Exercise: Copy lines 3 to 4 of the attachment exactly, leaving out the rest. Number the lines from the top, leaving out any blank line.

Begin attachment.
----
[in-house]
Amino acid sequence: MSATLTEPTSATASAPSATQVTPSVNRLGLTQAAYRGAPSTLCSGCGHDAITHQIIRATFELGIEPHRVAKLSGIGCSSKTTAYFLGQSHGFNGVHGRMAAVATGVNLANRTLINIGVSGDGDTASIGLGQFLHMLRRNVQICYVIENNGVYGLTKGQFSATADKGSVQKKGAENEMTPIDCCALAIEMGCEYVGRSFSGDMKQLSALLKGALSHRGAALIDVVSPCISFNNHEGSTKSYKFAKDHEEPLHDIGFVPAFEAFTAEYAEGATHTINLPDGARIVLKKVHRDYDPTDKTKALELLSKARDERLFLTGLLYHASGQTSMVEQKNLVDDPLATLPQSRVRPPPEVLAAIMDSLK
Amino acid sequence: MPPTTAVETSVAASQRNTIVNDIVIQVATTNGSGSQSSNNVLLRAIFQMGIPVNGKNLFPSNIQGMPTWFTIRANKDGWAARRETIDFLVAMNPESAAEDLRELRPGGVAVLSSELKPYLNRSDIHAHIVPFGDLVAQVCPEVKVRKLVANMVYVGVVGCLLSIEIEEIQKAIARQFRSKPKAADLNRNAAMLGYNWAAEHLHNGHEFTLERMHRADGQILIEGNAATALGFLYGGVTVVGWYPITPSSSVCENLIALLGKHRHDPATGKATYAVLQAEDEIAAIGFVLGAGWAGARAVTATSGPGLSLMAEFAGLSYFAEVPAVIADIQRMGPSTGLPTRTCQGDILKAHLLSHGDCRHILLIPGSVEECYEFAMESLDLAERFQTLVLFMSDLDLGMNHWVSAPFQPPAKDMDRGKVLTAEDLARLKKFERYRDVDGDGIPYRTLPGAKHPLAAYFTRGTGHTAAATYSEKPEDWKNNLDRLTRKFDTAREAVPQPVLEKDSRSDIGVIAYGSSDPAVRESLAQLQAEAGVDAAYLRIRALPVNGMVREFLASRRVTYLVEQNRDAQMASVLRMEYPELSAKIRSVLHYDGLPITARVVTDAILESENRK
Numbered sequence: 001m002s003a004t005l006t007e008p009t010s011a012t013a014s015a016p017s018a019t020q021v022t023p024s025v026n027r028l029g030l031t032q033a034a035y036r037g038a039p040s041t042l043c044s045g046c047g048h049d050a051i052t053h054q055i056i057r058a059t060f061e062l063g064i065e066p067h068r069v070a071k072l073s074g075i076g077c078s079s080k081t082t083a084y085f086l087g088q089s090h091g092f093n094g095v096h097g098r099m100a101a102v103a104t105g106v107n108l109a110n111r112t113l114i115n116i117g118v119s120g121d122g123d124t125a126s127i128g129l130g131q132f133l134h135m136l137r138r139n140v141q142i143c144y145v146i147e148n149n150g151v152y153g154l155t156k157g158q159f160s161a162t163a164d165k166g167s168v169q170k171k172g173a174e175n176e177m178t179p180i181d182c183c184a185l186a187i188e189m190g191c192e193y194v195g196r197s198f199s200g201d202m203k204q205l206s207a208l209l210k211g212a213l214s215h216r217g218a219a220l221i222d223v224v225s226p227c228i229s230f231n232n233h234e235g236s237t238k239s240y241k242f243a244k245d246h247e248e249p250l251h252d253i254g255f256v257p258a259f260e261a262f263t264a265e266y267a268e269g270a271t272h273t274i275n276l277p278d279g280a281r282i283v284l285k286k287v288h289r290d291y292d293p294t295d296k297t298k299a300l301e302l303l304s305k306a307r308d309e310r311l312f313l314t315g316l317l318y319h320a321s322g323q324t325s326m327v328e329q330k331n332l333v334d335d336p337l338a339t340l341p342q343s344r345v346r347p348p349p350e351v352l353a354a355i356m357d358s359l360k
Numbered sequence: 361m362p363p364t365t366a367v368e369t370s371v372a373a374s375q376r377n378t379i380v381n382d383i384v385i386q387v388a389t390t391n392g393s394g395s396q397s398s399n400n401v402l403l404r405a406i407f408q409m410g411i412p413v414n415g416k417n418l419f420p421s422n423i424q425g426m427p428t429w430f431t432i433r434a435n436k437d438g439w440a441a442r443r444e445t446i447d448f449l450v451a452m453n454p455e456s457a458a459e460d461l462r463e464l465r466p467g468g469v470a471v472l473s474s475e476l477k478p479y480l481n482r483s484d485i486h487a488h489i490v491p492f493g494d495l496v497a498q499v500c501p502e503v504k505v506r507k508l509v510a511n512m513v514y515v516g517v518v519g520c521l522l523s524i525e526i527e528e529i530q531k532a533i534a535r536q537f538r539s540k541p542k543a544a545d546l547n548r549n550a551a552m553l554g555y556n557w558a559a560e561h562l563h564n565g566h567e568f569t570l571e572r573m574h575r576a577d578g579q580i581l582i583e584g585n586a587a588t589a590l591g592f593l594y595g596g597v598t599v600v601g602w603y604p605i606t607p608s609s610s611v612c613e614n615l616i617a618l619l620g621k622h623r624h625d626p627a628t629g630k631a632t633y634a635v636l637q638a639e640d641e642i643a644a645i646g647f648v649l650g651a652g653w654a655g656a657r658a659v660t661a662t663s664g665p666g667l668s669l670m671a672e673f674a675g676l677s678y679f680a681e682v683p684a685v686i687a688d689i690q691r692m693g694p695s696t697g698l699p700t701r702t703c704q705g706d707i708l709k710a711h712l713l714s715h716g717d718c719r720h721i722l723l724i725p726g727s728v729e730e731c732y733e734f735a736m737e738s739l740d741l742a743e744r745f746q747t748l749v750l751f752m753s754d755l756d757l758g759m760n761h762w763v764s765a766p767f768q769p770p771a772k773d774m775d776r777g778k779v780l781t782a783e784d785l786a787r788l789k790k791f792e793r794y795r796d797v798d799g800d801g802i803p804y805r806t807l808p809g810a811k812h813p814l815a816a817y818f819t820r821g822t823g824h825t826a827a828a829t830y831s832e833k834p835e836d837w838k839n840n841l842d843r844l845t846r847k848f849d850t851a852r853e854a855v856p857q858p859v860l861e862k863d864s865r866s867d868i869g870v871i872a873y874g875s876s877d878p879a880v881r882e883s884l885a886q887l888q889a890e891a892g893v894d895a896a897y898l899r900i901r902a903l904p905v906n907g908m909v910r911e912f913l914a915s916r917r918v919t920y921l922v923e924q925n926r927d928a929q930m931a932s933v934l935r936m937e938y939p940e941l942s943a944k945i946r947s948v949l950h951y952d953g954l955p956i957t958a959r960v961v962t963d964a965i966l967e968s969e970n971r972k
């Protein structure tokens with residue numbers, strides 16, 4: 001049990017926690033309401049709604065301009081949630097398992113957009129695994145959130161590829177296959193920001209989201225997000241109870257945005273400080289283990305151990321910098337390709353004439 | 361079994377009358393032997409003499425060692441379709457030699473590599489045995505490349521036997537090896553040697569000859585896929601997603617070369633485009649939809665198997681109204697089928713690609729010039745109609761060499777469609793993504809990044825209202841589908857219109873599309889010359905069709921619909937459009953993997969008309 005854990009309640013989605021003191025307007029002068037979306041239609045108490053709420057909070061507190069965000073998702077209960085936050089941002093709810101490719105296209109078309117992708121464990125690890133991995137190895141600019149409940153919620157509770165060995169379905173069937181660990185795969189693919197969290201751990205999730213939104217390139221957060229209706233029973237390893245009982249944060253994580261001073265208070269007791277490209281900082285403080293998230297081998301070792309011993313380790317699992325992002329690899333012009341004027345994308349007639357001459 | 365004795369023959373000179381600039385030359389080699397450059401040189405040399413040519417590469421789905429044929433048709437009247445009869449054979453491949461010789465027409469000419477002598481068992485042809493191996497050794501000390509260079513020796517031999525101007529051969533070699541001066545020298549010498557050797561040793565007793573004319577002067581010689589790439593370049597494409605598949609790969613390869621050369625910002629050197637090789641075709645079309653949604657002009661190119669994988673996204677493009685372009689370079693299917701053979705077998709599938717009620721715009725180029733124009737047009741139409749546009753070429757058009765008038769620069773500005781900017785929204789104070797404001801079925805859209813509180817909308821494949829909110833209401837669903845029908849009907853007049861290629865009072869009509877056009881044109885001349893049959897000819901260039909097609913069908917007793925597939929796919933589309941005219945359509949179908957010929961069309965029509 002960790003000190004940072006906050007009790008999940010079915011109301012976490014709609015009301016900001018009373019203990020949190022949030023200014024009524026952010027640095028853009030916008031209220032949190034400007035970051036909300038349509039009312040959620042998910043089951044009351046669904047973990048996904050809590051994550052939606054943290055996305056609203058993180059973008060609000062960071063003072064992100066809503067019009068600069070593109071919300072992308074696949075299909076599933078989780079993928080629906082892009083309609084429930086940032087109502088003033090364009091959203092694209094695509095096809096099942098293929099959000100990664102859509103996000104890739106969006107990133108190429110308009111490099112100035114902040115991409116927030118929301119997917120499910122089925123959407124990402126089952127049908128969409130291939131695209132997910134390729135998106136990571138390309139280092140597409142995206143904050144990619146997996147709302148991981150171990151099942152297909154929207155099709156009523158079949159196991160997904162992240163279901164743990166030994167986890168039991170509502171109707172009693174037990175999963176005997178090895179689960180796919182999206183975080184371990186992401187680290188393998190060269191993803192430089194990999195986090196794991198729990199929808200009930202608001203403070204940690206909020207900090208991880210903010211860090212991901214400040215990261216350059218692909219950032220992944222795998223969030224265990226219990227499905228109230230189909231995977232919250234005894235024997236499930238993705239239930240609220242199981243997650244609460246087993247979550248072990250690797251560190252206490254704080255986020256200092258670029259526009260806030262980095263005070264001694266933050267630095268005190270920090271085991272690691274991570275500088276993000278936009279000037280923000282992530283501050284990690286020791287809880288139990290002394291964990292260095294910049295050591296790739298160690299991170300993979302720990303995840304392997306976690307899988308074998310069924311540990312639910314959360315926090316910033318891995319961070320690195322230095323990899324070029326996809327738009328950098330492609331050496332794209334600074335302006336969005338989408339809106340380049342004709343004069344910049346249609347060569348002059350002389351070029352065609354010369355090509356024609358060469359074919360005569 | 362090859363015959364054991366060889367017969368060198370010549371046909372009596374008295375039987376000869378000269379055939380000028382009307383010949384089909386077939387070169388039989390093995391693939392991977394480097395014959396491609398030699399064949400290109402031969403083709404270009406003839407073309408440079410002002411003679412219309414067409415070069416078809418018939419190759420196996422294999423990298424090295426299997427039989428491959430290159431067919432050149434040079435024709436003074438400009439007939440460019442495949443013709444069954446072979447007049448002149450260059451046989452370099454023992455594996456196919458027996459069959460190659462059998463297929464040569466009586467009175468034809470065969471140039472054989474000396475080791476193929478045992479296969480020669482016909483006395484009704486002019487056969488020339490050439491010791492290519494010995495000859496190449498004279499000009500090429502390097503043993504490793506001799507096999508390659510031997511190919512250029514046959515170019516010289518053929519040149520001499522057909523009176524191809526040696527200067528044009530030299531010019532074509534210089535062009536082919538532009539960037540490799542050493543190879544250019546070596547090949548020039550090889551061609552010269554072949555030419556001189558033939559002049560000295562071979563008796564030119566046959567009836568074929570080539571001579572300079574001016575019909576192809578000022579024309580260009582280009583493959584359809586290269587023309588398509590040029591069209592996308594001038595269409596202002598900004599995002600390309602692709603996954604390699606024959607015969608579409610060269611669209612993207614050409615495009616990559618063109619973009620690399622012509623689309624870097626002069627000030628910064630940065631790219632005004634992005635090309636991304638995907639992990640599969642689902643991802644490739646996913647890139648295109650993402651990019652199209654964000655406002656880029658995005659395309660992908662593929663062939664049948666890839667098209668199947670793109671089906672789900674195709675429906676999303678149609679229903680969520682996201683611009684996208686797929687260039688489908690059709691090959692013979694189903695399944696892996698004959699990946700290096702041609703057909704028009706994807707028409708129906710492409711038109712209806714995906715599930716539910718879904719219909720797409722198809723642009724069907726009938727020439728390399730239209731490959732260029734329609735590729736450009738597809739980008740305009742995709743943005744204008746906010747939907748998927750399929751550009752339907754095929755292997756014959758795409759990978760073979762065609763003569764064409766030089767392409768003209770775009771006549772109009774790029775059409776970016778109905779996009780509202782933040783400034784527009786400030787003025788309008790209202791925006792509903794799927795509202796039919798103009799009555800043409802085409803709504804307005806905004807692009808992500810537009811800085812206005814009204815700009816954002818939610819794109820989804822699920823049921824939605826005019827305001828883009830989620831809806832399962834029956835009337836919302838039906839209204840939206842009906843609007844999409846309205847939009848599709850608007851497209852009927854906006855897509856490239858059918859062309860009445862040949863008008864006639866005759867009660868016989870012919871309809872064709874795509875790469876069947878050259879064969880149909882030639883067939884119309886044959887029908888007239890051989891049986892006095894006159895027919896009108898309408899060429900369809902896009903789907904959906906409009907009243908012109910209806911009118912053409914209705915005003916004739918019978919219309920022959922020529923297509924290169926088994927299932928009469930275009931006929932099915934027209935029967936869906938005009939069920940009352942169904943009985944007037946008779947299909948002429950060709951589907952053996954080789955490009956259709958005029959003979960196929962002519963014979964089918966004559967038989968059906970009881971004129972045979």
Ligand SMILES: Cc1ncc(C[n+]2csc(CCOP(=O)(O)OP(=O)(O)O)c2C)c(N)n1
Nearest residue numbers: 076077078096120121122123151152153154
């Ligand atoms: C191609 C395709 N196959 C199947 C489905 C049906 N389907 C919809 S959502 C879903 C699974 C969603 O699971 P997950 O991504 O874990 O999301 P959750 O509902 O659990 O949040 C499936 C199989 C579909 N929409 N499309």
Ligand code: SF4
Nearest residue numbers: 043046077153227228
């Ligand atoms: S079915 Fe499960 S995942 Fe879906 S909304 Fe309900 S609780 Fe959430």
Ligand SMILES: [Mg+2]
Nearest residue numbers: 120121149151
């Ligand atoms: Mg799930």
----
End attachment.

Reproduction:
Amino acid sequence: MPPTTAVETSVAASQRNTIVNDIVIQVATTNGSGSQSSNNVLLRAIFQMGIPVNGKNLFPSNIQGMPTWFTIRANKDGWAARRETIDFLVAMNPESAAEDLRELRPGGVAVLSSELKPYLNRSDIHAHIVPFGDLVAQVCPEVKVRKLVANMVYVGVVGCLLSIEIEEIQKAIARQFRSKPKAADLNRNAAMLGYNWAAEHLHNGHEFTLERMHRADGQILIEGNAATALGFLYGGVTVVGWYPITPSSSVCENLIALLGKHRHDPATGKATYAVLQAEDEIAAIGFVLGAGWAGARAVTATSGPGLSLMAEFAGLSYFAEVPAVIADIQRMGPSTGLPTRTCQGDILKAHLLSHGDCRHILLIPGSVEECYEFAMESLDLAERFQTLVLFMSDLDLGMNHWVSAPFQPPAKDMDRGKVLTAEDLARLKKFERYRDVDGDGIPYRTLPGAKHPLAAYFTRGTGHTAAATYSEKPEDWKNNLDRLTRKFDTAREAVPQPVLEKDSRSDIGVIAYGSSDPAVRESLAQLQAEAGVDAAYLRIRALPVNGMVREFLASRRVTYLVEQNRDAQMASVLRMEYPELSAKIRSVLHYDGLPITARVVTDAILESENRK
Numbered sequence: 001m002s003a004t005l006t007e008p009t010s011a012t013a014s015a016p017s018a019t020q021v022t023p024s025v026n027r028l029g030l031t032q033a034a035y036r037g038a039p040s041t042l043c044s045g046c047g048h049d050a051i052t053h054q055i056i057r058a059t060f061e062l063g064i065e066p067h068r069v070a071k072l073s074g075i076g077c078s079s080k081t082t083a084y085f086l087g088q089s090h091g092f093n094g095v096h097g098r099m100a101a102v103a104t105g106v107n108l109a110n111r112t113l114i115n116i117g118v119s120g121d122g123d124t125a126s127i128g129l130g131q132f133l134h135m136l137r138r139n140v141q142i143c144y145v146i147e148n149n150g151v152y153g154l155t156k157g158q159f160s161a162t163a164d165k166g167s168v169q170k171k172g173a174e175n176e177m178t179p180i181d182c183c184a185l186a187i188e189m190g191c192e193y194v195g196r197s198f199s200g201d202m203k204q205l206s207a208l209l210k211g212a213l214s215h216r217g218a219a220l221i222d223v224v225s226p227c228i229s230f231n232n233h234e235g236s237t238k239s240y241k242f243a244k245d246h247e248e249p250l251h252d253i254g255f256v257p258a259f260e261a262f263t264a265e266y267a268e269g270a271t272h273t274i275n276l277p278d279g280a281r282i283v284l285k286k287v288h289r290d291y292d293p294t295d296k297t298k299a300l301e302l303l304s305k306a307r308d309e310r311l312f313l314t315g316l317l318y319h320a321s322g323q324t325s326m327v328e329q330k331n332l333v334d335d336p337l338a339t340l341p342q343s344r345v346r347p348p349p350e351v352l353a354a355i356m357d358s359l360k